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      CommentAuthorgoatcheez
    • CommentTimeMay 8th 2020 edited
     
    Half a mil SUV? The Cullinan by RR:



    •  
      CommentAuthoraber0der
    • CommentTimeMay 8th 2020 edited
     
    Nobody still expects the Grand Inflation? Downsize while you can or feel the crunch.

    It's going to be hurtful once the awakening kicks in.

    Those Billionaires won't feed themselves, you lazy commoners. Up, up!
    • CommentAuthorAsterix
    • CommentTimeMay 8th 2020
     
    All that crap just to make the car go from A to B. Reminds me of some 1920s radios--knobs and controls on everything just to hear what someone was saying.

    How about, say, a steering wheel, accelerator and brake-only model? I suppose a speedometer might be useful, as well as a fuel gauge.
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      CommentAuthorgoatcheez
    • CommentTimeMay 9th 2020
     
    No, it's not for transportation. It's for prestige.
    •  
      CommentAuthoraber0der
    • CommentTimeMay 9th 2020
     
    I tend to believe that even in the post pandemic USA such a vulgar display of excessive wealth will be met with a frown or two. Only speculating, of course.
    • CommentAuthorAsterix
    • CommentTimeMay 9th 2020
     
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      CommentAuthoraber0der
    • CommentTimeMay 9th 2020
     
    Fisher Price?
    • CommentAuthorAsterix
    • CommentTimeMay 9th 2020 edited
     
    Federal 59. Just the thing to listen to the "A&P Gypsies" on.

    Cullinan curb weight (net) = 6069 lbs. Just over 3 tons.
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      CommentAuthoraber0der
    • CommentTimeMay 9th 2020
     
    Good times. All those masons who worked so hard in the radio factories had to file for unemployment once the transistor was discovered and they were no longer needed.
    Freemasons still exist today.

    The same will happen to programmers once the DNN psychologists take over.
    • CommentAuthorAsterix
    • CommentTimeMay 9th 2020
     
    What did in the TRF radios of the 1920s was the superheterodyne--and AC line-powered DC supplies. It was only a couple of years between that Federal and the two-knob superhets with AVC that followed. A superhet is more complex electronically, but when adjusted, needs no fiddling.
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      CommentAuthorAngus
    • CommentTimeMay 9th 2020
     
    Posted By: AsterixHow about, say, a steering wheel, accelerator and brake-only model? I suppose a speedometer might be useful, as well as a fuel gauge.


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      CommentAuthoraber0der
    • CommentTimeMay 9th 2020
     
    Cute. A cockroach with wheels. You will be soo rich! *snicker*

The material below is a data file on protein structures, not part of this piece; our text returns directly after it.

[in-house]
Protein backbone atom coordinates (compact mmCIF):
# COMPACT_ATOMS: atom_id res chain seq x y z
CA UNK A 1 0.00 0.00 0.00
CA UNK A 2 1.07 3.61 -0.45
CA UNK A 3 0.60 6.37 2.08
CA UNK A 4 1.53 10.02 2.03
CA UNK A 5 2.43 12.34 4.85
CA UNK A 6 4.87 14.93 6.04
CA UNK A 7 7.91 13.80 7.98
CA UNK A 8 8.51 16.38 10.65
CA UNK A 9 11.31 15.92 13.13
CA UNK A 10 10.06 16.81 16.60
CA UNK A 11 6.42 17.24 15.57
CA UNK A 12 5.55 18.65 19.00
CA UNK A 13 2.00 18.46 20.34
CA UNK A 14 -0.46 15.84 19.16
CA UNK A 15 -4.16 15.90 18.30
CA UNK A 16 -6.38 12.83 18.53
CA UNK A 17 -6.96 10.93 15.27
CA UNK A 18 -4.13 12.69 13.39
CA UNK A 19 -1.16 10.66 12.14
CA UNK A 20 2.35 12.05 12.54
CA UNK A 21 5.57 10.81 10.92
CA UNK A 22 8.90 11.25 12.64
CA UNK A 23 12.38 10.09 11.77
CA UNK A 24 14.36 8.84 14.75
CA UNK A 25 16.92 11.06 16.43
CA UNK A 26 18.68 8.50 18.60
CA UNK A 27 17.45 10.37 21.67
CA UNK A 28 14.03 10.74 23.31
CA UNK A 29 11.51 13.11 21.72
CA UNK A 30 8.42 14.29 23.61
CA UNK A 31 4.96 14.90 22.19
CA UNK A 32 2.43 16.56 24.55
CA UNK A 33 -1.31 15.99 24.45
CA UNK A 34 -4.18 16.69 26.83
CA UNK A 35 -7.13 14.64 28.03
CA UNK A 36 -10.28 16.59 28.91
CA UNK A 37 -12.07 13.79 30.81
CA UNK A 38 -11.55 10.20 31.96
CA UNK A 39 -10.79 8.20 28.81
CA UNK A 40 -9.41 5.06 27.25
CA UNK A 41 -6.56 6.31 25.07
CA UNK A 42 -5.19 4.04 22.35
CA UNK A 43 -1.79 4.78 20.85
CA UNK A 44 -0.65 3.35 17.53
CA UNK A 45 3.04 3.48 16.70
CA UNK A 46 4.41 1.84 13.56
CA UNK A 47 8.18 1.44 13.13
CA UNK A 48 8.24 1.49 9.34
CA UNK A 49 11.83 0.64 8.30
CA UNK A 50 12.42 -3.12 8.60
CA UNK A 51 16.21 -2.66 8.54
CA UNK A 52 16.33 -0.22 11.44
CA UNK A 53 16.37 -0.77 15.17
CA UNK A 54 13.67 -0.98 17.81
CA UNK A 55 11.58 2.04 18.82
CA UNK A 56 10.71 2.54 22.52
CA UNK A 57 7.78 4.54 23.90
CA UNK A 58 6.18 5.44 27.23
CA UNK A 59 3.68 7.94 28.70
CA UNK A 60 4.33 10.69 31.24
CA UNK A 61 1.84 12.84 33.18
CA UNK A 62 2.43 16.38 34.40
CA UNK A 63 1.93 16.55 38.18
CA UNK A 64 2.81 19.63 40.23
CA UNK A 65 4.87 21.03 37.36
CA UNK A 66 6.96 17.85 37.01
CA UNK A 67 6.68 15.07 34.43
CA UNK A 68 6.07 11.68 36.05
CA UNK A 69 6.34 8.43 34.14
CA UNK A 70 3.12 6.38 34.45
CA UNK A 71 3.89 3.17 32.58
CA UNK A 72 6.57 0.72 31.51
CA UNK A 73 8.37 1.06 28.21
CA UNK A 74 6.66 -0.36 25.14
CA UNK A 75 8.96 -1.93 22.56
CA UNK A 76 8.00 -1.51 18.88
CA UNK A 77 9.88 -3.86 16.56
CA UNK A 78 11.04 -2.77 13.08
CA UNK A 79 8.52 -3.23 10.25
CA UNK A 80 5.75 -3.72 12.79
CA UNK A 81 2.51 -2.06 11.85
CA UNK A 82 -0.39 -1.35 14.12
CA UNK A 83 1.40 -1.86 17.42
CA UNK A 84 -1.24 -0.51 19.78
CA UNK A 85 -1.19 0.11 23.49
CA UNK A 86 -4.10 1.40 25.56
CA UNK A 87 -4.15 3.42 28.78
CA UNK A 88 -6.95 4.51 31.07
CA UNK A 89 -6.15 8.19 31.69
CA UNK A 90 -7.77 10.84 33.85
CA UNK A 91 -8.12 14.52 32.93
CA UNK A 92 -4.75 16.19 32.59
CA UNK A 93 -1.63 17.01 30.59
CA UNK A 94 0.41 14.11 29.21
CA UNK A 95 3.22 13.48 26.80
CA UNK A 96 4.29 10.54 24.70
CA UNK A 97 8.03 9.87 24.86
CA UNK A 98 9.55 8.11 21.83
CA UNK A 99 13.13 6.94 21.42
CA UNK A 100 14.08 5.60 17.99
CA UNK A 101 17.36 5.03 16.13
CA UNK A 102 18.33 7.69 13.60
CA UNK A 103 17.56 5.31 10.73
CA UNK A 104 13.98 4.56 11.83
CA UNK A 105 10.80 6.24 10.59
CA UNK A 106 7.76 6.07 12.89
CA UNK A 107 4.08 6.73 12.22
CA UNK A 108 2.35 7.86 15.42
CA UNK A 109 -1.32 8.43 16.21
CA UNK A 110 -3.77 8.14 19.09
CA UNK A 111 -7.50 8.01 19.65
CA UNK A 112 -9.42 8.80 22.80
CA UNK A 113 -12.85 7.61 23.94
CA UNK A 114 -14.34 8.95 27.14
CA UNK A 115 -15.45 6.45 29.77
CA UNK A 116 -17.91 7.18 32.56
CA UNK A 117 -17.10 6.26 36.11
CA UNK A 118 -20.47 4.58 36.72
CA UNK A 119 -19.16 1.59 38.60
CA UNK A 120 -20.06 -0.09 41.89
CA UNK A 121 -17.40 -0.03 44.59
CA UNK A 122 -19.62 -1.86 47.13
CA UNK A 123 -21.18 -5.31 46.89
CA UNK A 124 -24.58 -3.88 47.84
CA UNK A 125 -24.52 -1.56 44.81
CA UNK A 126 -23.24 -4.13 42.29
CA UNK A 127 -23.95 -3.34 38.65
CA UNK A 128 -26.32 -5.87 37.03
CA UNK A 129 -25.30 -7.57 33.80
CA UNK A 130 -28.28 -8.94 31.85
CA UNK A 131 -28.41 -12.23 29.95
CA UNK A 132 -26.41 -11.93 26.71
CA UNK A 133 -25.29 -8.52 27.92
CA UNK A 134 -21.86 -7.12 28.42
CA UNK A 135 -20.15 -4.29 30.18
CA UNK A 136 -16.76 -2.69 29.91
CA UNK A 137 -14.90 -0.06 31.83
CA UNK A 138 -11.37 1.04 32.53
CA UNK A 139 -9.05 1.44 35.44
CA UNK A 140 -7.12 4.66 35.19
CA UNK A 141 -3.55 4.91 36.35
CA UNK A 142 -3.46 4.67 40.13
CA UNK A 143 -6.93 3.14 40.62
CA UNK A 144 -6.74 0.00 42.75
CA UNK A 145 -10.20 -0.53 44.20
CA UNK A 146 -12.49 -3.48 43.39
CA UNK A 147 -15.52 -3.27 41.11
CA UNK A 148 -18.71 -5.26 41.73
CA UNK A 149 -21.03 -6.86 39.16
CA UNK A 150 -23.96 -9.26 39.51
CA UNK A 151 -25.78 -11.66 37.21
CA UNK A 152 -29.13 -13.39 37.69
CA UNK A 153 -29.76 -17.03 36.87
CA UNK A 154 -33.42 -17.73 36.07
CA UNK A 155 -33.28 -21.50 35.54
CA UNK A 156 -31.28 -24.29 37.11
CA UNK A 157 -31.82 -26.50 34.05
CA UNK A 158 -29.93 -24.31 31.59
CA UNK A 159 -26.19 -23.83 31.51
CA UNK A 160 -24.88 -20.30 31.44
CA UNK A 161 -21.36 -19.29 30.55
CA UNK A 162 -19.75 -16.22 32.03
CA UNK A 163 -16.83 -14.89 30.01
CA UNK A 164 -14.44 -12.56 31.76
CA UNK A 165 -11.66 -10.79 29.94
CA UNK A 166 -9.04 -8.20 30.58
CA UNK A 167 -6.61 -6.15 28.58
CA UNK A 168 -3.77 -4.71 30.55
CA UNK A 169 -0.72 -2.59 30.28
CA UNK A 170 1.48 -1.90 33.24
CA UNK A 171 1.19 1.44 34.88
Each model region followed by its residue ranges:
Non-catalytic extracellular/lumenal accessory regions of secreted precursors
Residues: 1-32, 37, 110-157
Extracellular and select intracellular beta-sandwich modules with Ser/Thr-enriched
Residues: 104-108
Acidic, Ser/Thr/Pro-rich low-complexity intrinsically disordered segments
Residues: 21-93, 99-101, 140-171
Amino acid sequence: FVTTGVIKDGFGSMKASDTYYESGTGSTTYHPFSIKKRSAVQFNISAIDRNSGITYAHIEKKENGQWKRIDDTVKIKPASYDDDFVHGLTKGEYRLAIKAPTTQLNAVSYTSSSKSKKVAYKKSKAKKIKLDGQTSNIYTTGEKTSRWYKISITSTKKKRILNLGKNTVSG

•  
      CommentAuthorAngus
    • CommentTimeMay 9th 2020
     
    The original model had no fuel gauge, but rather a reserve tank you could switch in. I don't know if it had a speedometer.
    •  
      CommentAuthoraber0der
    • CommentTimeMay 9th 2020 edited
     
    We had two of them in our household. One was dark green, the other bright orange. They both smelled the same.

    The brake/climate control interface assembly always reminded me of a broiled chicken. The rubbery cover even had a goosebumpy texture.


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      CommentAuthorAngus
    • CommentTimeMay 9th 2020
     
    Now that is truly disgusting.
    •  
      CommentAuthoraber0der
    • CommentTimeMay 9th 2020
     
    And that is only the deboned skin without the neck and the wings.
    • CommentAuthorAsterix
    • CommentTimeMay 9th 2020
     
    Posted By: AngusThe original model had no fuel gauge, but rather a reserve tank you could switch in. I don't know if it had a speedometer.


    One of my friends had one of the early ones. He fashioned a dipstick to check the fuel. IIRC, it did have a speedometer; probably required by law.
    • CommentAuthorAsterix
    • CommentTimeMay 21st 2021 edited
     
    Looking at the specs of the Ford F-150 (and Tesla model S), I got to wondering how efficient these were in comparison to say, a 1960's Greyhound bus.

    Gross vehicle weight (max): d4505: 22,680 kg. Luggage Compartment Volume*:, D4505: 14.64 cu m.


    Passenger capacity is 55-61, depending on seating configuration. So, 22680/55 = 412 kg. / passenger (that includes passenger weight and luggage). Estimating 100 kg for average passenger and luggage = 312 kg. vehicle weight per passenger.

    Tesla roadster: curb weight: 1307 kg. or 653 kg./passenger, more than twice that of the bus.
  1.  
    So you feel that, by comparing the Kg/person figure for a mass transit vehicle versus a passenger vehicle, you have proved something of interest? Is this because you want to ding electric vehicles in general? Have you run the same calculation for an ICE bus vs an EV bus?
    • CommentAuthorAsterix
    • CommentTimeMay 21st 2021 edited
     
    Not at all, but walking along this morning, I reflected on my per-passenger overhead was the weight of my shoes; that of my dogs was essentially the weight of their harnesses (maybe 0.5 kg. combined) Were I to ride a bicycle, that would add about 10-15 kg per passenger. A motorcycle might be 100 kg. A 1972 Super Beetle, seats 4 and weighs 860 kg or 215 kg/passenger.

    What got me was the utter waste in one using an F250 truck to mail a letter.

    Historically, what's been the trend in per-person transport efficiency? Consider that the ultimate goal is to transport a person from point A to point B in a reasonable amount of time. Forget Fahrvergn├╝gen.

    Consider the old saw about nobody really wanting a power drill with a quarter-inch bit--what really has value is a quarter-inch hole.